The term black hole
encapsulates two different concepts:
- a black hole in mathematics is an exact solution to the Einstein equations;
- a black hole in astrophysics is something astronomers "observe", which we then attempt to model using the concept of mathematical black holes.
There is an important question of principle that is often overlooked, namely:
"What features of mathematical black holes are artifacts of the mathematical idealizations, and which features are truly generic, independent of the precise mathematical idealizations?"
"It is only the generic properties that we expect to be of relevance to real astrophysical black holes. For instance, it is now known that the existence of an event horizon is generic, independent of idealizations such as spherical symmetry and time-independence, and so physically relevant to a broad class of astrophysical black holes. In contrast, the maximal extension of the Schwarzschild geometry (the Kruskal manifold) is a solely a mathematical idealization that is not physically relevant to astrophysical black holes.
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Black Holes at Victoria University of Wellington
One research theme at the Victoria University Gravity Group is the investigation of these questions of genericity.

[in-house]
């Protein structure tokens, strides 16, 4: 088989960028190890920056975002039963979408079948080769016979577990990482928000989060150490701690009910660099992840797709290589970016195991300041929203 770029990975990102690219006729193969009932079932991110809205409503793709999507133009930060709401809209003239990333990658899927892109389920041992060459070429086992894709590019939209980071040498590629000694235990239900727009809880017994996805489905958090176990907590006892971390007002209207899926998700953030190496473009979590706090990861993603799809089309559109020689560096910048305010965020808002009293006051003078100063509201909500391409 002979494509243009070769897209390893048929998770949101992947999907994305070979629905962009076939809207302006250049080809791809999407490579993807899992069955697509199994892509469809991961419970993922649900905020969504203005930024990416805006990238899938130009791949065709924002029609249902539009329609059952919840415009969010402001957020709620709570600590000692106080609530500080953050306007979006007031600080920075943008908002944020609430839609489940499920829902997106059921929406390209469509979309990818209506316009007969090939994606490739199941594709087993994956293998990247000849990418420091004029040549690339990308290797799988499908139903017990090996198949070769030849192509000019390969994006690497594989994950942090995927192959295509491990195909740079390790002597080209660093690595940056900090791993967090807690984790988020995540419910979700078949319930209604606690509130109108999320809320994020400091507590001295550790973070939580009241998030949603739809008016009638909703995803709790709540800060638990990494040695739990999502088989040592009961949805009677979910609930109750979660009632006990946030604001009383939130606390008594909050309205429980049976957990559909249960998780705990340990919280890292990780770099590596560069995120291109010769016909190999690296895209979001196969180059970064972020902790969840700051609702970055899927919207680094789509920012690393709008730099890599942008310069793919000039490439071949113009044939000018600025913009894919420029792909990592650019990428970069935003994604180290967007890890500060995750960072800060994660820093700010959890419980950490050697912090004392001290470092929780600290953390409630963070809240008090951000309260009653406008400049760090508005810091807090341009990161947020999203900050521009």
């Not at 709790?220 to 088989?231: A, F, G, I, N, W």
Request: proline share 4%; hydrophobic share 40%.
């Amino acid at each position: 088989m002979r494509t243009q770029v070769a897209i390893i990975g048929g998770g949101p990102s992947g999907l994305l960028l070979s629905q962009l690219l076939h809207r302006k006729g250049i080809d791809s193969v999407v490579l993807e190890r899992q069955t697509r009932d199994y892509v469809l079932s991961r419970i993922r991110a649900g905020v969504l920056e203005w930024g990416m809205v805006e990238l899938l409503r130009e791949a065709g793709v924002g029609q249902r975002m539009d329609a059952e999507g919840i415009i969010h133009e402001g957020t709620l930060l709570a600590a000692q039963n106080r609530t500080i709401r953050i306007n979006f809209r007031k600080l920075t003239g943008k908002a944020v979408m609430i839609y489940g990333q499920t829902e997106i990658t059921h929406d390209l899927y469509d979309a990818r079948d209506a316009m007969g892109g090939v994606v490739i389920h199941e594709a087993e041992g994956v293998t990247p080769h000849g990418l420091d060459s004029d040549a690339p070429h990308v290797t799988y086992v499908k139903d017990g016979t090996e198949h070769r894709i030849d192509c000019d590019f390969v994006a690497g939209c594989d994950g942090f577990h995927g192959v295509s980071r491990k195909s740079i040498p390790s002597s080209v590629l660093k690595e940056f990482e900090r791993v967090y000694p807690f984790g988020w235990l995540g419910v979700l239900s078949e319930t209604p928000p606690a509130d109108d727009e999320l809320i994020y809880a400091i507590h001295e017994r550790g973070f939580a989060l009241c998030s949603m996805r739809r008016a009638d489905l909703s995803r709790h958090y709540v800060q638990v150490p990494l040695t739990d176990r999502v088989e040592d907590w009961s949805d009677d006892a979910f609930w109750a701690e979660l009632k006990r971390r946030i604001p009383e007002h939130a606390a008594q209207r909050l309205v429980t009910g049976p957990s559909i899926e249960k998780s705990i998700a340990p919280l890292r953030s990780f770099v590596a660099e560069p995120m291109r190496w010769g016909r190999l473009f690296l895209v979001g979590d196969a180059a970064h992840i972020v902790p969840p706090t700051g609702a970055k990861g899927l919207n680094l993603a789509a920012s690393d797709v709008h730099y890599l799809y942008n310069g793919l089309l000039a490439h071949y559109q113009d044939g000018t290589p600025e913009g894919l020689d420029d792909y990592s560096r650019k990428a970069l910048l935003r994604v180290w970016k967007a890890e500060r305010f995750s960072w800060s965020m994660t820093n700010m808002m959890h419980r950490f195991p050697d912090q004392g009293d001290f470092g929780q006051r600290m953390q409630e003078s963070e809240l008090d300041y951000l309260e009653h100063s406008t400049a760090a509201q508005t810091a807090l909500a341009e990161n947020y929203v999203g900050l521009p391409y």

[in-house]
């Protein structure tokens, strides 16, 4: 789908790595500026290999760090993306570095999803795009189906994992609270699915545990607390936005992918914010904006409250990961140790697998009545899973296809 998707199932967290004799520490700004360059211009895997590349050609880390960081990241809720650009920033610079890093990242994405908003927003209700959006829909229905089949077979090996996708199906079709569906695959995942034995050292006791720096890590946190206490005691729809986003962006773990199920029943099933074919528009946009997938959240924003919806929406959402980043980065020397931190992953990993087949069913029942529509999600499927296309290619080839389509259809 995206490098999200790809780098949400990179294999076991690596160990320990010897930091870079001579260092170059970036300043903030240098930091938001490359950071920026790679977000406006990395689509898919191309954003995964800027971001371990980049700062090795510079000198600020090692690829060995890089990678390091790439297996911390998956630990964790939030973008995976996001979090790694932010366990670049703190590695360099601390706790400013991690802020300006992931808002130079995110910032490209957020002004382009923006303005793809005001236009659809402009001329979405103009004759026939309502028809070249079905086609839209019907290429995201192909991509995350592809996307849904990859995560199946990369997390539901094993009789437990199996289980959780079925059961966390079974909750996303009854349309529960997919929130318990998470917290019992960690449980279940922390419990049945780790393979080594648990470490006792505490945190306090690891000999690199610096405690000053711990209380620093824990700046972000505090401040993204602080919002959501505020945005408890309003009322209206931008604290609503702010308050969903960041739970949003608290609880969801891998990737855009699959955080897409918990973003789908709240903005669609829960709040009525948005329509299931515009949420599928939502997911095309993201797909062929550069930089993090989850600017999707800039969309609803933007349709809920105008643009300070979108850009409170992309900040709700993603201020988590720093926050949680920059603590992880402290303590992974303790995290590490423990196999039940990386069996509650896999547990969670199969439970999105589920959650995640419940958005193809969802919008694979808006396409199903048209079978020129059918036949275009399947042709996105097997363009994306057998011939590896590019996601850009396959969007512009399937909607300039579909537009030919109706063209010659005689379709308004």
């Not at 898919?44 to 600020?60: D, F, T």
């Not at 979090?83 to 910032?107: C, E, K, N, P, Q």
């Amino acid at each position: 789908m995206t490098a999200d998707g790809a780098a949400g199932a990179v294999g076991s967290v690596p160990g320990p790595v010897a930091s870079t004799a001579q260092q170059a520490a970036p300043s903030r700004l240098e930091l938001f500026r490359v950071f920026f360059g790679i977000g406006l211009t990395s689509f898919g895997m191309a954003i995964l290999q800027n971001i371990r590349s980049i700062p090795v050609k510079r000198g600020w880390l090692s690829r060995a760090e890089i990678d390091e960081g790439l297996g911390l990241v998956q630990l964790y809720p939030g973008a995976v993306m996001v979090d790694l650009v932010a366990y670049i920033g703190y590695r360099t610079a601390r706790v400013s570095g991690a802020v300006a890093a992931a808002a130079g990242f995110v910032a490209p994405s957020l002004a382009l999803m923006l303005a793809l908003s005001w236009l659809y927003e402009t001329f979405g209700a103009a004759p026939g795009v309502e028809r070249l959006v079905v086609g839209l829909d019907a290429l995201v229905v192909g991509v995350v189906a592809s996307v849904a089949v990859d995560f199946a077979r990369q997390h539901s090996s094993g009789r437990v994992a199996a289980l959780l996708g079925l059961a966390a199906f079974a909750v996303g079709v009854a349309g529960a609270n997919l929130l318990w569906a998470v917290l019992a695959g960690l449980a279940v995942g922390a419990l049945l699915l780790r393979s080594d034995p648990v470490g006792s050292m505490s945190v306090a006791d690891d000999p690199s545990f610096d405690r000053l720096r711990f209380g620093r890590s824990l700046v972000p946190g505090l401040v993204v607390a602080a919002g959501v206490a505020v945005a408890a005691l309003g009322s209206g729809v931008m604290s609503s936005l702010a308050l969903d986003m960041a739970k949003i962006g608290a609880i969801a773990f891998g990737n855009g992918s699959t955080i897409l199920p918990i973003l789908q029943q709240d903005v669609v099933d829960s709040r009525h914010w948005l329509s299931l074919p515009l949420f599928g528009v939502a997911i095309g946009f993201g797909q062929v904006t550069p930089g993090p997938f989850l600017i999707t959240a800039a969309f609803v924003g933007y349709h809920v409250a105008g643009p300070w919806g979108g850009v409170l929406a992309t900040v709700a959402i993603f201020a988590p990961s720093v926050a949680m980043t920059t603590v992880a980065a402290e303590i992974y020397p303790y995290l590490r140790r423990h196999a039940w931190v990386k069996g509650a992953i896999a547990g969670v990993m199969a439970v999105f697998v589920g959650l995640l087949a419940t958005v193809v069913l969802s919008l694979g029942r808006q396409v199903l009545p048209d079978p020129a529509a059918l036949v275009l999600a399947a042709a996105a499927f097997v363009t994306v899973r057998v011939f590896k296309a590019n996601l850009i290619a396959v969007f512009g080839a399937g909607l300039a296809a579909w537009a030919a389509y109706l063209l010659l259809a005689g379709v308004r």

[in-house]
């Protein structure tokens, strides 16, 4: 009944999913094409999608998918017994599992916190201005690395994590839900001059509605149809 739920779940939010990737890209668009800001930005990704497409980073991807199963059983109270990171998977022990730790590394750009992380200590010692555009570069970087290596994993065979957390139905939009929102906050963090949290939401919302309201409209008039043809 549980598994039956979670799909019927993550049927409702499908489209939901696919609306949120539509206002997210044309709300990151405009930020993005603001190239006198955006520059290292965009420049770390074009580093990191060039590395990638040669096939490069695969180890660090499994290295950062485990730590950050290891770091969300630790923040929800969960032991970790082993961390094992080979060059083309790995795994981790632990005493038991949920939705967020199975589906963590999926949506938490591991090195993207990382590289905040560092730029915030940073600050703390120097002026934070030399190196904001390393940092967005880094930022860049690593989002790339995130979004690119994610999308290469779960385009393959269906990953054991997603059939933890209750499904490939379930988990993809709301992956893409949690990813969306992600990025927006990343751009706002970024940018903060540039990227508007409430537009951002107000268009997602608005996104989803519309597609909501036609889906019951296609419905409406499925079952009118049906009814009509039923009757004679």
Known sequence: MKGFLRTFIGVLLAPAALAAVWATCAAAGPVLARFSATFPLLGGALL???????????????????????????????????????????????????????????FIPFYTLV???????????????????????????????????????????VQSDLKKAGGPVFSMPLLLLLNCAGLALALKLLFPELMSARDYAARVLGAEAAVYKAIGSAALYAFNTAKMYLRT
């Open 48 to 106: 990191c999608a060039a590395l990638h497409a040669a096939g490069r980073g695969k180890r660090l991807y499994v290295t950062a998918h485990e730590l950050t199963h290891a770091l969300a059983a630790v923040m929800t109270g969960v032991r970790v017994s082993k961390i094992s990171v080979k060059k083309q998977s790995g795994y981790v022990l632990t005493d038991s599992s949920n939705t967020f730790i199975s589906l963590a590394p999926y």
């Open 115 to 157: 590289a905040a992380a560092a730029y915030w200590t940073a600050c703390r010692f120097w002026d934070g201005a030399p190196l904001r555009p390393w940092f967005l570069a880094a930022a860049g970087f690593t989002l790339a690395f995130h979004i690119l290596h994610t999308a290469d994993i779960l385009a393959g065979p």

Two main routes of attack are:
- "Dirty" black holes: Which mathematical properties of idealized black holes survive when a black hole is surrounded by arbitrary (time-independent) dirt?
The simplest form of "dirt" is an electromagnetic field, with a dilaton field as the next simplest example. But for arbitrary dirt some of the standard properties of idealized black holes still survive. This idea has been explored in a series of seven papers listed below.
- Analogue Models: Briefly, one of their key features is that analogue black holes force you to think carefully about how much of black hole physics depends specifically on the Einstein equations, and how much is "merely" kinematics arising from the existence of a horizon in curved spacetime.
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Some references on "Dirty" black holes
For further information on "Dirty" black holes see:
- Matt Visser, Dirty black holes: Thermodynamics and horizon structure. e-Print arXiv: hep-th/9203057, Physical Review D46(1992) 2445--2451
- Matt Visser, Dirty black holes: Entropy versus area. e-Print arXiv: hep-th/9303029, Physical Review D48 (1993) 583--591
- Matt Visser, Dirty black holes: Entropy as a surface term. e-Print arXiv: hep-th/9307194, Physical Review D48 (1993) 5697--5705
- Damien Martin, Joey Medved, and Matt Visser, Dirty black holes: Quasinormal modes. e-Print arXiv: gr-qc/0310009, Classical and Quantum Gravity 21 (2004) 1393--1405.
- Damien Martin, Joey Medved, and Matt Visser, Dirty black holes: Quasinormal modes for "squeezed" horizons. e-Print arXiv: gr-qc/0310097, Classical and Quantum Gravity 21 (2004) 2393--2405.
- Damien Martin, Joey Medved, and Matt Visser, Dirty black holes: Spacetime geometry and near-horizon symmetries. e-Print arXiv: gr-qc/0402069, Classical and Quantum Gravity 21 (2004) 3111-3126.
- Damien Martin, Joey Medved, and Matt Visser, Dirty black holes: Symmetries at stationary non-static horizons. e-Print arXiv: gr-qc/0403026, Physical Review D70 (2004) 024009.
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